First and foremost the governance. ID4me is a non profit federated initiative created by an open group of Internet service providers, software developers and other entities that care about the future of the Internet and want to defend its distributed and federated architecture with respect to digital identities. Everybody is invited to join the initiative creating a federated back-end for identity.
ID4me documention and Sandbox are public: https://id4me.org/documents
An important competitive advantage is the separation of roles between authentification, which is similar to the password check, and the management of the users data. The separation of roles is already provided in the OpenID Connect Standard, but so far is only used by ID4me.
The ID4me Standard provideds two roles, called the Identity Agent and the Identity Authority to ensure this security-related separation of powers.
The Identity Authority is responsible for the authentication. The users data however is managed by the so called Identity Agent.
The DNS (DNSSEC) hostname, e.g. id4me.org, is choosen as the ID4me identifier by the Identity Authority. The identifier is a domain name and the identification takes place in the DNS (DNSSEC). DNS stands for Domain Name System. DNS as the Internet’s public directory for people and services has already been established as a global standard and has a proven track record to scale. A special DNS entry enables the Identity Agent, which manages the user data, to be located transparently. This is called discovery. Based on the discovery funcitionality, it is possible to see who is responsible for the administration of the ID4me user data.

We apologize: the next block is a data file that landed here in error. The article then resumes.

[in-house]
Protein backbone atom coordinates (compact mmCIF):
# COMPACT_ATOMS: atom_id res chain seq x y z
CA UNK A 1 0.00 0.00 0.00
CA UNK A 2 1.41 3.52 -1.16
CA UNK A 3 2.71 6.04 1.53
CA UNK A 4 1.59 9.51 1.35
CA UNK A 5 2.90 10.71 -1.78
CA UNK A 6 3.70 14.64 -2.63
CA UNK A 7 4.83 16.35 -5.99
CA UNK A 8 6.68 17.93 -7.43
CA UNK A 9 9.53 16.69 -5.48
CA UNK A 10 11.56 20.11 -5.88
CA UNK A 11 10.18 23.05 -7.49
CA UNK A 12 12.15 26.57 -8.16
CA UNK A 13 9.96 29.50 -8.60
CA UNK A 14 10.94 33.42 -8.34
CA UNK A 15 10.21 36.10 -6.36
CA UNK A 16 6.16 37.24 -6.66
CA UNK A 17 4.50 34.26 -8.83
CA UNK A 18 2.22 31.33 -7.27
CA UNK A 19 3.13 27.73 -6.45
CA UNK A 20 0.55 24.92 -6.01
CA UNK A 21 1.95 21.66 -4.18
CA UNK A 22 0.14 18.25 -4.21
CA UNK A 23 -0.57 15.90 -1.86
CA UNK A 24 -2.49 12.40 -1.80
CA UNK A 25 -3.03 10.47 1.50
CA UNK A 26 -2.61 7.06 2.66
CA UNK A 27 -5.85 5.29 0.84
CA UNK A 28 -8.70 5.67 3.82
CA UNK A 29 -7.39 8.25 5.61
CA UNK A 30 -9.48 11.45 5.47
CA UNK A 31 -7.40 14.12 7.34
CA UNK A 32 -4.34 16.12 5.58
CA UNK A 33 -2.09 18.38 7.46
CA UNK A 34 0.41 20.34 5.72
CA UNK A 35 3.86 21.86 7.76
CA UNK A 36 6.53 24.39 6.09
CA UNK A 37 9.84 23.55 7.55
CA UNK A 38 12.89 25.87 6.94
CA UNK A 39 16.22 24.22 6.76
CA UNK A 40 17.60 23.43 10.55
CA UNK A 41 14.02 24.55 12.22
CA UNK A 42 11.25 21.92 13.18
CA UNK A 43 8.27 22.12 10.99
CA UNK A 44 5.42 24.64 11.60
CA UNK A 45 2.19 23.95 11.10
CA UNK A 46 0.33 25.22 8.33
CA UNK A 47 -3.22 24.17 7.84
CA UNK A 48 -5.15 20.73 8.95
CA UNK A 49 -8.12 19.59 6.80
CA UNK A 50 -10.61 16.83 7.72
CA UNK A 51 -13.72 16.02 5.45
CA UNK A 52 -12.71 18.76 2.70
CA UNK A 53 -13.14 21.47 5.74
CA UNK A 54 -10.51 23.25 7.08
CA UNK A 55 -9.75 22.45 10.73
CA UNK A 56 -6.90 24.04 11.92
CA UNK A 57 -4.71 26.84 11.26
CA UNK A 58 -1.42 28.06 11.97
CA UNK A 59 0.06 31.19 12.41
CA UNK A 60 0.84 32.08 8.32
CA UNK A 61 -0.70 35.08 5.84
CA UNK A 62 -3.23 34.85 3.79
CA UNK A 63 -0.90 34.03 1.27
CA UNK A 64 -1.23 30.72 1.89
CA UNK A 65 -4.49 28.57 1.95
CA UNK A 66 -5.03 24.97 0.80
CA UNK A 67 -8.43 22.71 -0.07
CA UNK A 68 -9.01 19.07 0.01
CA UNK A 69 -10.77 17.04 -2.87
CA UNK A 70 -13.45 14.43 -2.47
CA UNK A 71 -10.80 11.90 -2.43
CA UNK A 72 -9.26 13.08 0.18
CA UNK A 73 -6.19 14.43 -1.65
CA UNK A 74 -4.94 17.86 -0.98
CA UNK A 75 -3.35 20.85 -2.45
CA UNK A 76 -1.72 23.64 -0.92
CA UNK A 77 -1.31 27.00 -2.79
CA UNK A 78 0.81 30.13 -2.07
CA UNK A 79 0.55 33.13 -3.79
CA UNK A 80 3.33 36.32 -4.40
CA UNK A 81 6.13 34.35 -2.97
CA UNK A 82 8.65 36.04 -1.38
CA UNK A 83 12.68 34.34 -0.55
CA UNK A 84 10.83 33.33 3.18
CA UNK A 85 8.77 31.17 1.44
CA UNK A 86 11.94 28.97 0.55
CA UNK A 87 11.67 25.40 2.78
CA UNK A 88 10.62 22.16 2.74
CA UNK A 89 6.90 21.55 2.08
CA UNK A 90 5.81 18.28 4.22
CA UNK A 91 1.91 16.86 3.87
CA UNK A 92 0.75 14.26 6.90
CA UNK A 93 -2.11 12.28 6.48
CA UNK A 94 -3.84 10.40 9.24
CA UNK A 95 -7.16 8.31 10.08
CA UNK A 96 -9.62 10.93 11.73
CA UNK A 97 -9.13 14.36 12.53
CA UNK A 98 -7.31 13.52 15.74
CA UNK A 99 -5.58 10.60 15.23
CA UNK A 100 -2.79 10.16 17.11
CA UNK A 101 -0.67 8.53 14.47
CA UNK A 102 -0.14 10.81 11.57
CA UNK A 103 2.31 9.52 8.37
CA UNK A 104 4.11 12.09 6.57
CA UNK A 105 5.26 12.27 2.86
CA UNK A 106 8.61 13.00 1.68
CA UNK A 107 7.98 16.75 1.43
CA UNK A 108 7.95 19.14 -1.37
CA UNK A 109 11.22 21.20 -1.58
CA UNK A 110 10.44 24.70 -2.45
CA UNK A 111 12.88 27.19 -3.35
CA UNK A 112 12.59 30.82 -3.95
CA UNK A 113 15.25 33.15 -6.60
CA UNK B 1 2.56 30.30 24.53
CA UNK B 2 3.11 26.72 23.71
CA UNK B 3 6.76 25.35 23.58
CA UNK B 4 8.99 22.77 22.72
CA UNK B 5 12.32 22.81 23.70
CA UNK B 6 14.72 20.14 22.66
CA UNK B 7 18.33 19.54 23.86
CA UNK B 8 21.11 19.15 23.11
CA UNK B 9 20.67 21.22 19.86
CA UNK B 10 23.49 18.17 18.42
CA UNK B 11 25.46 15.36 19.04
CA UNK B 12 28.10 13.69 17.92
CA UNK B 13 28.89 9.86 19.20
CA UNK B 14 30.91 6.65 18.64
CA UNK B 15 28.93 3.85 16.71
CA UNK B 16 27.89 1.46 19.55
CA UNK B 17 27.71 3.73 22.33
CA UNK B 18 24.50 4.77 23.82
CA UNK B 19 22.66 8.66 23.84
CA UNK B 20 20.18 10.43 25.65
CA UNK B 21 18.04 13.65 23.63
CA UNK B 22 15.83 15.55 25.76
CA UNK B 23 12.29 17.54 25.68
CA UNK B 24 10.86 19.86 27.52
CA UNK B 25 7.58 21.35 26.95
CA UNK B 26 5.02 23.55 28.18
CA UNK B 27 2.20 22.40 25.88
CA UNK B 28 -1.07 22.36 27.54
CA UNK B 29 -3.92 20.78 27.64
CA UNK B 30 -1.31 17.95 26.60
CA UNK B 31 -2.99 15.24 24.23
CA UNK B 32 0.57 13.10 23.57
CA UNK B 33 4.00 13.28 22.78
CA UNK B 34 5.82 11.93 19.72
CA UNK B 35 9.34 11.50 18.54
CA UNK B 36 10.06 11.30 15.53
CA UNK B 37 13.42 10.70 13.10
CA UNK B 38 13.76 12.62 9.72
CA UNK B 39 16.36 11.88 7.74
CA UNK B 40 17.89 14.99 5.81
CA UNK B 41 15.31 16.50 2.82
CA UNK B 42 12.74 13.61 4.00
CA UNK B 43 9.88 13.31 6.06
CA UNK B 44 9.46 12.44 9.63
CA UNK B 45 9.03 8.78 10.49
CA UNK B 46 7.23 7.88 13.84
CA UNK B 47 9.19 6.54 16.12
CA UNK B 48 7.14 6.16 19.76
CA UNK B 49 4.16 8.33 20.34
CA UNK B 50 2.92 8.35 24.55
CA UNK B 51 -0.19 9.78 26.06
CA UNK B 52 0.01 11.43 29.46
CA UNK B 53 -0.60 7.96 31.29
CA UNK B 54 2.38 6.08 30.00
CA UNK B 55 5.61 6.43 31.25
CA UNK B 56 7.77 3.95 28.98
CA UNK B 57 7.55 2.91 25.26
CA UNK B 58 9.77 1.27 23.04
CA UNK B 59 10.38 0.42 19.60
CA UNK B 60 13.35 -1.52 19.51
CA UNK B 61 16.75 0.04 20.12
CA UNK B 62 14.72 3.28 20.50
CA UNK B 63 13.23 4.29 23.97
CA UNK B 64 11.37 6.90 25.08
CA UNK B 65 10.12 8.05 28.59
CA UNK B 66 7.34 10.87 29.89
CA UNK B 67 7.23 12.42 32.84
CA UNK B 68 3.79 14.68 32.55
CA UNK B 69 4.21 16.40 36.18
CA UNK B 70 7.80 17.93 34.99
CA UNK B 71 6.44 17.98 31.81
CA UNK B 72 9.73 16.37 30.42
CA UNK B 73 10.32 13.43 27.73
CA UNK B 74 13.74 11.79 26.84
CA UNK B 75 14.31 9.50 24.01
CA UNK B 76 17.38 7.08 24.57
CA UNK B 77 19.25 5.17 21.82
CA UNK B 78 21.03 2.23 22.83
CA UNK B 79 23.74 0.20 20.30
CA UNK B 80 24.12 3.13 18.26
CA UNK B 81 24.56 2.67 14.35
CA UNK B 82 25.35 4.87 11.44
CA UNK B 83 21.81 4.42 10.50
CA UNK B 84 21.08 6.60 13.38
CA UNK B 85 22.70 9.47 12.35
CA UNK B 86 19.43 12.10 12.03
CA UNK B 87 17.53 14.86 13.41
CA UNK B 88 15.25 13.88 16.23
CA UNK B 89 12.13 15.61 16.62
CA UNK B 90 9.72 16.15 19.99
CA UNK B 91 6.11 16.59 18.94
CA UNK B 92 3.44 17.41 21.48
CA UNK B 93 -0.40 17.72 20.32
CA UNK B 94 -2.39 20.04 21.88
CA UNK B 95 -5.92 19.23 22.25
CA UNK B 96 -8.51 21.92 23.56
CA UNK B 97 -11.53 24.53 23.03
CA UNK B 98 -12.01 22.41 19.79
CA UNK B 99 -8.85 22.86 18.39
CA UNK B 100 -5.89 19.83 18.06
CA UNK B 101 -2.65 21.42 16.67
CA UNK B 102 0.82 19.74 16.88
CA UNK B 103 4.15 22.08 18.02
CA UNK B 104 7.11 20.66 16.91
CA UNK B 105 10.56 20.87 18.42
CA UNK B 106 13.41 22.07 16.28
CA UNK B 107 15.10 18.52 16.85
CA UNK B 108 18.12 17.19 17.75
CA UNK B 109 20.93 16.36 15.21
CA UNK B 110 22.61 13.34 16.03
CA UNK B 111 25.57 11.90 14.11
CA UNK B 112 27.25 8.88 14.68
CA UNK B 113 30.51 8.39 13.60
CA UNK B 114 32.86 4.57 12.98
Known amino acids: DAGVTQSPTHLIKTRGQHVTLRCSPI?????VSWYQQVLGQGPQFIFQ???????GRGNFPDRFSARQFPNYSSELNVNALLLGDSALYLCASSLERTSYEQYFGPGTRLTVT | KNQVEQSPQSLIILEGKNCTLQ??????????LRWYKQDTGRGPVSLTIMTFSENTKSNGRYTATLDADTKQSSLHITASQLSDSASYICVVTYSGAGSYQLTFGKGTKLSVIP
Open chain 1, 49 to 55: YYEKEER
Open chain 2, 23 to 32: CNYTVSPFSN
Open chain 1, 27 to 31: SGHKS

This transparent discovery, in turn, enables the portability of the ID4me digital identity. As a result, each user has the free choice of identity agent and can change it at any time. That is unique among the Single Sign-on systems. Social media logins, for example, do not provide a discovery functionality. If a user no longer wants to use Facebook, they will not be able to move their Facebook login to another provider.
Users can pick and choose who manages their identity („Identity Agent“). That could be a registrar, a Telco or any trusted portal he chooses.
ID4me founding members are 1&1, DENIC and OpenXchange. The number of members and supporters keeps growing. There are more and more registries, registrars, TelCos and associations who support an open Internet. One of our latest members is Univention: Welcome at ID4me.
Everybody who likes to engage is welcome to join the ID4me working groups Adoption, Governance and Technology: http://id4me.org/engage
Likewise every supporter is welcome to join the first ID4me Summit on August 14 in Frankfort, Germany. You can RSVP until August 10, 2018 at email@example.com
For any questions about ID4me, feel free to reach out to Katja Speck: firstname.lastname@example.org
Katja Speck, General Manager ID4me. Katja's main focus is to establish ID4me as a standard and grow ID4me’s market reach as well organizing the non-profit-organization. Katja has held senior positions in the online industry for more than ten years.